SC Lawyer, September 2006, #5. A Tale of Two Terms: A Transitional Year for the United States Supreme Court.

South Carolina Lawyer


SC Lawyer, September 2006, #5.

A Tale of Two Terms: A Transitional Year for the United States Supreme Court

South Carolina LawyerSeptember 2006A Tale of Two Terms: A Transitional Year for the United States Supreme CourtThe Supreme Court term that adjourned on June 29 revealed a Court in transition. After a decade in which the Court's membership remained unchanged, the Court welcomed two new members: Chief Justice John Roberts (who was sworn in just in time for the term's first arguments) and Associate Justice Samuel Alito (who replaced Associate Justice Sandra Day O'Connor in late January). While it remains much too early to draw any firm conclusion about the direction of the newly constituted Court, some important themes began to emerge as the year unfolded.

To begin with, Chief Justice Roberts has worked hard to achieve greater consensus on the Court, with at least superficial success. The number of cases decided by the narrowest possible margin (5-4 or 5-3) declined from 24 to 15. According to statistics gathered by the law firm Akin Gump, the new Chief Justice achieved the statistically improbable feat of voting more often with every single one of his colleagues than did his predecessor, the late William Rehnquist.

While these aggregate statistics are worth note, they tend to obscure the degree to which the Court's consensus broke down as the year wore on, particularly in high profile cases. The replacement of Justice O'Connor by Justice Alito neatly cleaved the Court's term into two distinct periods. The twenty-odd opinions issued during Justice O'Connor's final months of service include a series of surprisingly narrow and surprisingly unanimous decisions in such contentious areas as abortion, federalism and voting rights. For the first few months of the term, the Justices calmly waited for the arrival of a new era, quietly going about their business in routine cases and avoiding broad rulings in potentially explosive ones.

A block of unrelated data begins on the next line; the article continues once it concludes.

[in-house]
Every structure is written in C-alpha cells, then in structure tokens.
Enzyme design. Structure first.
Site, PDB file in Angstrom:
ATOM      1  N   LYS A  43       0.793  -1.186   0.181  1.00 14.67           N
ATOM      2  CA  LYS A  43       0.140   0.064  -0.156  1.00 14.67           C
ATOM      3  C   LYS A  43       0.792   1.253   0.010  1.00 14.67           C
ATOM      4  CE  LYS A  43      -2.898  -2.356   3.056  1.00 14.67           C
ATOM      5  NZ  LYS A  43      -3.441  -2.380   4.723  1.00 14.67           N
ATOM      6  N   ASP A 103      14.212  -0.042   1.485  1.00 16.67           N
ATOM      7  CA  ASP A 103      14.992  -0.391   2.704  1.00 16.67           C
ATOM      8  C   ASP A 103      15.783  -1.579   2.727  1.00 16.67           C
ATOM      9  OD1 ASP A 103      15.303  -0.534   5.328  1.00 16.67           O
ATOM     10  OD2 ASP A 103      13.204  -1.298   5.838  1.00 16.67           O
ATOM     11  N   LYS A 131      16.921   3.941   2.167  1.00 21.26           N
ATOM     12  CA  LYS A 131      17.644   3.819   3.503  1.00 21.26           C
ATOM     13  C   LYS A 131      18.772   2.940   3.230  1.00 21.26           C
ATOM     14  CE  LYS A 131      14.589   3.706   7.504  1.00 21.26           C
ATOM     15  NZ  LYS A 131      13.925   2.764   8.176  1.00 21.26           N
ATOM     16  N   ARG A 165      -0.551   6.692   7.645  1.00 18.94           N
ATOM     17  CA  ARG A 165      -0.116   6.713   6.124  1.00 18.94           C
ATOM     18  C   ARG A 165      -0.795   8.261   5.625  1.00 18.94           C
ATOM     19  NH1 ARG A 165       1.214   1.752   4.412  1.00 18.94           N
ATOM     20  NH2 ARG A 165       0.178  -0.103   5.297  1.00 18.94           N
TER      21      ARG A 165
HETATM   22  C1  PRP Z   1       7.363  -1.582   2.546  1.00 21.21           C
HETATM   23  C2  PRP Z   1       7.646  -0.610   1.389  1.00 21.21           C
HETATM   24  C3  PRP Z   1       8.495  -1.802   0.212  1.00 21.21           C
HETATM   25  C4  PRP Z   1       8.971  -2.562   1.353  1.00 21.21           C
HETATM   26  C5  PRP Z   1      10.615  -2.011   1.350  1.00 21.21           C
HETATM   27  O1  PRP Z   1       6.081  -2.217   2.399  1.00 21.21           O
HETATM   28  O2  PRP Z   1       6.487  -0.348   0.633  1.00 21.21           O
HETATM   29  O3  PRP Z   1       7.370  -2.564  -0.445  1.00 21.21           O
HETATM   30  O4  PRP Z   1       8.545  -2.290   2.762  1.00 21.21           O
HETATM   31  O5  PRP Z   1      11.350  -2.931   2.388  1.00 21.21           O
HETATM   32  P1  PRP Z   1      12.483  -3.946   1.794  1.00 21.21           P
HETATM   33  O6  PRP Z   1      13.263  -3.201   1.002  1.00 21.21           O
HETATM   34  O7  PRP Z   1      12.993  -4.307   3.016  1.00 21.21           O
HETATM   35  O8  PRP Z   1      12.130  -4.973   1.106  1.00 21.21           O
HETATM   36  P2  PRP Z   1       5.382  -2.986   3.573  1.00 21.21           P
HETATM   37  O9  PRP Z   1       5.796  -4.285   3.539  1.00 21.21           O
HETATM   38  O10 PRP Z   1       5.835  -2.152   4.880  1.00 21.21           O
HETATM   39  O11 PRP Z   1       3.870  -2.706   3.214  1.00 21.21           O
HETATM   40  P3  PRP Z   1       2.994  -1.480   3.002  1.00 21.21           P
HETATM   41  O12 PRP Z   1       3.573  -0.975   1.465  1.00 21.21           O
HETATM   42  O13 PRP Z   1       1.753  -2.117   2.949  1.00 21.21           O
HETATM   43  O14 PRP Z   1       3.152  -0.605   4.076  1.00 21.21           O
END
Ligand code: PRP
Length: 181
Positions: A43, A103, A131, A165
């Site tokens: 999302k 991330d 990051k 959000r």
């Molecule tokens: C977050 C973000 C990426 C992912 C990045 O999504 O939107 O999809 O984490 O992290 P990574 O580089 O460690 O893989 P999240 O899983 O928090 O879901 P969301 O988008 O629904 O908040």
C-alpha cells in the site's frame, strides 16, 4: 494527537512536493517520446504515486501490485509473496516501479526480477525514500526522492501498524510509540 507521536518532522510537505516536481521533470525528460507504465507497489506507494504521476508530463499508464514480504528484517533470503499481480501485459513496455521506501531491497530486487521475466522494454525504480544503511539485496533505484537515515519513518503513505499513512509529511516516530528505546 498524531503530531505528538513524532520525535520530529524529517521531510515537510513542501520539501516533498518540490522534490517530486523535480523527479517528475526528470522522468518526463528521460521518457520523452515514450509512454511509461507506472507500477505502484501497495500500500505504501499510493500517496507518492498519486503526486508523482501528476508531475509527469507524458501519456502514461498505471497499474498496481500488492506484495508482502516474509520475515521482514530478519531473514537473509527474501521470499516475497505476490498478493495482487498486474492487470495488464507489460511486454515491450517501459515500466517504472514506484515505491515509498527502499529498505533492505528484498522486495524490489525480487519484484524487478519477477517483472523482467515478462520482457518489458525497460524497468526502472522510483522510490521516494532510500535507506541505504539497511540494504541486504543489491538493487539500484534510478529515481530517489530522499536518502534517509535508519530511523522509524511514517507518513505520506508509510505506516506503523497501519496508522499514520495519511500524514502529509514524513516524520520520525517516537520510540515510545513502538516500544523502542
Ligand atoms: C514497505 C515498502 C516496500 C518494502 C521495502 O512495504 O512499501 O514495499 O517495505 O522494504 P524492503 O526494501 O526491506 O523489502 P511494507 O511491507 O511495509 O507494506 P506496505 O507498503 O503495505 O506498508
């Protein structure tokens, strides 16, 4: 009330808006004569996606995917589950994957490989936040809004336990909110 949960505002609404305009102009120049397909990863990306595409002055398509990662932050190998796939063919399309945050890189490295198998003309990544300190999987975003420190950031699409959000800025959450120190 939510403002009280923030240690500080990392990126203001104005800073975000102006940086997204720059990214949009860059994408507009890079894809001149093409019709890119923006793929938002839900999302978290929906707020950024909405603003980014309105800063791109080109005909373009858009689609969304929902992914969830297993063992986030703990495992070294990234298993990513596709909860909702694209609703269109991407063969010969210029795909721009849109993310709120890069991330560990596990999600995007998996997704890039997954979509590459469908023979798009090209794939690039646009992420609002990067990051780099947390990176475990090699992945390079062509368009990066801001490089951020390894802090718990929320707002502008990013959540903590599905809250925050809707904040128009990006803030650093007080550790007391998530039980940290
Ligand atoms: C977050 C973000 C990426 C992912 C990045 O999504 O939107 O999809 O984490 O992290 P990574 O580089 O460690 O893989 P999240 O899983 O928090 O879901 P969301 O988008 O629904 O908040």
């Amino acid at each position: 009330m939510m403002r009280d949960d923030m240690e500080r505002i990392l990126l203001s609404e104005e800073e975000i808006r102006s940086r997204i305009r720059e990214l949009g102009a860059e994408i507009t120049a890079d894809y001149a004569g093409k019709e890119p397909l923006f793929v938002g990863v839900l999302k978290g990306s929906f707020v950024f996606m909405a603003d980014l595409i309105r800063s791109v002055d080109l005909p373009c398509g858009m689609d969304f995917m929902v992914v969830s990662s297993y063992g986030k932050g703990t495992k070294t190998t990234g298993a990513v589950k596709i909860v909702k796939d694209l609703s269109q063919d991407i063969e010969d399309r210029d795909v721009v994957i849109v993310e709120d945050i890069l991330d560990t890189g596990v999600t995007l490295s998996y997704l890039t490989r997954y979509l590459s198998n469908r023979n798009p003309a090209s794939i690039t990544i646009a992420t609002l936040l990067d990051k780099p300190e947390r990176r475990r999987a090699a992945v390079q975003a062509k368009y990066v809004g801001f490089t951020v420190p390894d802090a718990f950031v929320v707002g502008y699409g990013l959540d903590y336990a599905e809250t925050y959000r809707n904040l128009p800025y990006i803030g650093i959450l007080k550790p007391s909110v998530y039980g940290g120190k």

After Justice Alito joined the Court, the Justices appear to have spent several more months feeling each other out, moving slowly to issue decisions and agreeing more broadly than usual in the ones that they did issue. However, when the Court finally turned to its most difficult cases in the final months of the term, sharp and unsurprising divisions began to emerge, with Chief Justice Roberts and Justice Alito almost uniformly aligning themselves with Justices Antonin Scalia and Clarence Thomas on the Court's right wing. As is often the case, the last days of the term Court included a number of sharply divided decisions laced with biting rhetoric.

In the cases that divided the Court, Justice Anthony Kennedy consistently emerged as the swing vote. In the term's most momentous case, Hamdan v. Rumsfeld, Justice Kennedy provided the decisive fifth vote for a broad decision invalidating the military commissions established by President George W. Bush to try terror suspects detained at Guantanamo Bay, Cuba, and largely repudiating the theory of broad unilateral executive powers consistently forwarded by the present administration. While Hamdan was the most prominent instance of Justice Kennedy's growing power, his (at times idiosyncratic) views proved dispositive in a wide range of cases in areas stretching from voting rights to environmental regulation to the death penalty.